Senior figures in the United Kingdom government are increasingly concerned about the rise of Dubai as a financial centre and what it might mean for the future of the City of London.
They fear that a combination of huge oil surpluses in the Middle East and a relatively low-cost business hub, regulated with a common law legal system, may prove an irresistible lure to financial executives struggling with soaring costs in a global recession.
Last week Standard Chartered chief economist Gerald Lyons told journalists in Dubai that he had recently been in a meeting with senior members of the UK government where, for the first time in his experience, genuine concern over the mounting competition from Dubai as a financial centre was expressed "at the highest levels".
When you stop and think about it this is not so surprising. You only have to visit the Dubai International Financial Centre (DIFC) and note the new 80-storey skyscrapers under construction, let alone the tallest building in the world, the Burj Dubai, shooting up next door. Something is definitely happening in Dubai.
Across Dubai there is a trebling of commercial office space in progress towards a target of 50 square foot per capita, amongst the highest density of office accommodation in the world, and certainly the largest commercial real estate development between Asia and Europe.
But the DIFC is about much more than real estate. The centre is a free zone with its own system of common law for everything except criminal matters. Financial firms within the DIFC therefore operate to the same English-language law used in 95 per cent of commercial transactions around the globe. The free zone has its own court system and even its own land registry. DIFC firms can be 100 per cent foreign owned and are not taxed.
Then there is the Dubai International Financial Exchange (DIFX), an international stock market operated to global standards, now partly owned by Nasdaq, the giant United States stock exchange. The DIFX has not had an easy launch. But the $5 billion (Dh18.36bn) listing of DP World last autumn marked a big step forward in improving liquidity, and the probable initial public offerings of Emirates airline and Dubal are keenly awaited.
At the same time, high oil prices mean that consumer nations are effectively being taxed by the oil producers and that money is coming back to the Gulf Co-operation Council in buckets. The estimated current account surplus of the GCC nations this year will be a record $500bn. This is a very substantial amount of money that the financial sector will have to recycle back into the local and global economy.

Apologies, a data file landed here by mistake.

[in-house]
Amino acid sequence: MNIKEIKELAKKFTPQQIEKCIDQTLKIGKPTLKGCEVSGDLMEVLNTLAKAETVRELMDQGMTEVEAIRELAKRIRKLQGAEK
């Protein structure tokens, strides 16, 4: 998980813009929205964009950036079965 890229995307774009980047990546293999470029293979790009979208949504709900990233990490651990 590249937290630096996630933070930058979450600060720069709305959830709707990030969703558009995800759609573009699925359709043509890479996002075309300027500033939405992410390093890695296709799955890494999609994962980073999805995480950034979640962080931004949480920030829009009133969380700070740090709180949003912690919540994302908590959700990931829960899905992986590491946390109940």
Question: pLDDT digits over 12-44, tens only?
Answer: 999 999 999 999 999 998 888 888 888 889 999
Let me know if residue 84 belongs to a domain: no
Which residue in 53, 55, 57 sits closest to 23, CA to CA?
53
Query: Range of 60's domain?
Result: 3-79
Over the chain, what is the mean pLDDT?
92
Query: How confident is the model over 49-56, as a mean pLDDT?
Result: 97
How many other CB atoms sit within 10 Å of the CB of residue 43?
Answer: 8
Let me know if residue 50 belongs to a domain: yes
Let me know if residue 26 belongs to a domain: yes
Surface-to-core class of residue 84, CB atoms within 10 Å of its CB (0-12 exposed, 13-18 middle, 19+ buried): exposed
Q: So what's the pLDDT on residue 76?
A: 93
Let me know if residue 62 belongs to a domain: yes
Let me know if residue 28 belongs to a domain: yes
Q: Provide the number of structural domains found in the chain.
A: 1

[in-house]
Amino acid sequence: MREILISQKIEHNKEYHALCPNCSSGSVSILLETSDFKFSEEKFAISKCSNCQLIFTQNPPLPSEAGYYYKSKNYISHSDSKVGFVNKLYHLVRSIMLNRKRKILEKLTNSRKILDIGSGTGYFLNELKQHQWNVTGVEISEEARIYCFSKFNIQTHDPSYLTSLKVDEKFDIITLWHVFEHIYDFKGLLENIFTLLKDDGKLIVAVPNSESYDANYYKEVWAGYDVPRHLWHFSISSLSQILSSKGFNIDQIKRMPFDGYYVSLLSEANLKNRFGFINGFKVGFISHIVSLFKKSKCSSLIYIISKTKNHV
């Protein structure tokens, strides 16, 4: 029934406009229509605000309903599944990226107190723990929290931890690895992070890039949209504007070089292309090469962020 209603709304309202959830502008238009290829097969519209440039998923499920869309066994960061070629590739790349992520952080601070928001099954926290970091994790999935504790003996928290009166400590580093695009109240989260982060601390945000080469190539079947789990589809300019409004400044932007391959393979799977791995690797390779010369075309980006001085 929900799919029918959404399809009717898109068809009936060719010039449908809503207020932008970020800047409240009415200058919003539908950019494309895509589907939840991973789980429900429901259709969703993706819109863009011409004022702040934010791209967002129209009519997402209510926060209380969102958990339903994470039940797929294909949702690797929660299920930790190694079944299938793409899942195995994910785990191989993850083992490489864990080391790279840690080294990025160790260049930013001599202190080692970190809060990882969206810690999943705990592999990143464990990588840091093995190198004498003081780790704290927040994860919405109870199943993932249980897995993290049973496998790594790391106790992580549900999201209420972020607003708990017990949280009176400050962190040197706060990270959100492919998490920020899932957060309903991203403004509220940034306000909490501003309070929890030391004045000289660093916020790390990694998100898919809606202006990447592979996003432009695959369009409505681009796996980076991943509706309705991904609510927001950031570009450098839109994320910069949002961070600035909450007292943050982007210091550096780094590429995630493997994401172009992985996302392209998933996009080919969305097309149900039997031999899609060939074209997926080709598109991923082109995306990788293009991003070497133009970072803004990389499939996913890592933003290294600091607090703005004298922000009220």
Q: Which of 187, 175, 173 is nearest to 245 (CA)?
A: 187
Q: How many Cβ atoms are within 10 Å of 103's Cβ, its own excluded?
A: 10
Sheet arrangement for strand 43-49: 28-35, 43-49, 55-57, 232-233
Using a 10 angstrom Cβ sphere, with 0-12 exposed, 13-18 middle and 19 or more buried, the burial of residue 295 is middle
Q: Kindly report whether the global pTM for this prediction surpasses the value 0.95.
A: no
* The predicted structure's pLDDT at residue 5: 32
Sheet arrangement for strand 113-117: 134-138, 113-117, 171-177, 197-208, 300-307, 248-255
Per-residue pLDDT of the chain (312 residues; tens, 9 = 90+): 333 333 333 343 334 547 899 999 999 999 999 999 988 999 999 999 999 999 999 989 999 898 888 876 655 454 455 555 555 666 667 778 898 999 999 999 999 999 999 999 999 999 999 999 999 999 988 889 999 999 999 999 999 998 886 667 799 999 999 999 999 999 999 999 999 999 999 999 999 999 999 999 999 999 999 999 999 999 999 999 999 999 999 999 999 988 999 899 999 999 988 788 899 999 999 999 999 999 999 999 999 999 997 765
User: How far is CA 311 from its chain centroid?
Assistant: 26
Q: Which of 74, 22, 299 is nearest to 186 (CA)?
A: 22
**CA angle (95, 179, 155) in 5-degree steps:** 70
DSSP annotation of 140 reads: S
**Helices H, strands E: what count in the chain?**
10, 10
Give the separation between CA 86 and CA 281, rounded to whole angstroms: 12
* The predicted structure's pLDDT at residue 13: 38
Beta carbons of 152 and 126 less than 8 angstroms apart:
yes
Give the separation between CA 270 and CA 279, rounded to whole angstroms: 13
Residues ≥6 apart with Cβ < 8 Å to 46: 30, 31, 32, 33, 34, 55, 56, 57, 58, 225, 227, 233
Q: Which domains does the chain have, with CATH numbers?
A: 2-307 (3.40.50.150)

Step forward the DIFC and its growing coterie of international financial firms, among them the giants like HSBC, Standard Chartered, Deutsche Bank, Morgan Stanley, Goldman Sachs and Barclays. Then there are all the ancillary services, old City of London names such as commercial litigation specialists Herbert Smith who now has a burgeoning law practice in the DIFC.
Now there is one thing that the City of London would not deny but hates to admit. The City is a very expensive place to do business. Office rental costs are among the highest in the world. Restaurants are staggeringly overpriced. Buying a suit will always cost more in the Square Mile. Apartment rents are astronomic. Salaries are sky high even in present markets. Deal costs are therefore very high.
The problem is that the UK, US, and possibly the whole of Europe are entering a long and deep period of recession. If you disagree with that then good luck as you are probably going to need it. More sober business heads will admit the possibility, if not likelihood of recession and look very, very hard at how to cut costs.
Coming to Dubai is likely to look an increasingly attractive option in this new financial environment. You will be closer to a growing source of new business, with a rapidly evolving financial sector underpinned by oil revenues and booming investment in real estate and infrastructure.
And new firms will also be able to significantly cut their costs by comparison to the super prices of the City of London at least.
Office accommodation will cost less, and is expected to fall in price as new projects are completed. Local infrastructure is world-class, particularly the airport with its well connected carrier Emirates airline. And the cost of ancillary services is still considerably lower than London whatever Dubai residents might imagine.
In addition, in order to stay competitive in terms of salaries then why not offer tax-free remuneration in Dubai as a lure to keep and retain the best staff? This costs financial firms setting up in Dubai nothing, and yet it is a major competitive advantage in any people business.
This is another reason for the UK to be fearful of competition from the DIFC. The UK has just clamped down on its tax breaks for non-domiciled foreigners working in the financial sector. Tax-free salaries are very attractive to financial staff. They generally have high salaries and pay a lot of tax in Britain.
In Dubai that money can be saved and also stay free of capital gains tax as well.
But most importantly in a recession cutting costs is the key to market survival and the big beasts of the financial jungle know that only too well, and that is why they are all planning expansion in Dubai.
London is therefore right to fear this new competition with Dubai's inevitable success coming partly at its expense.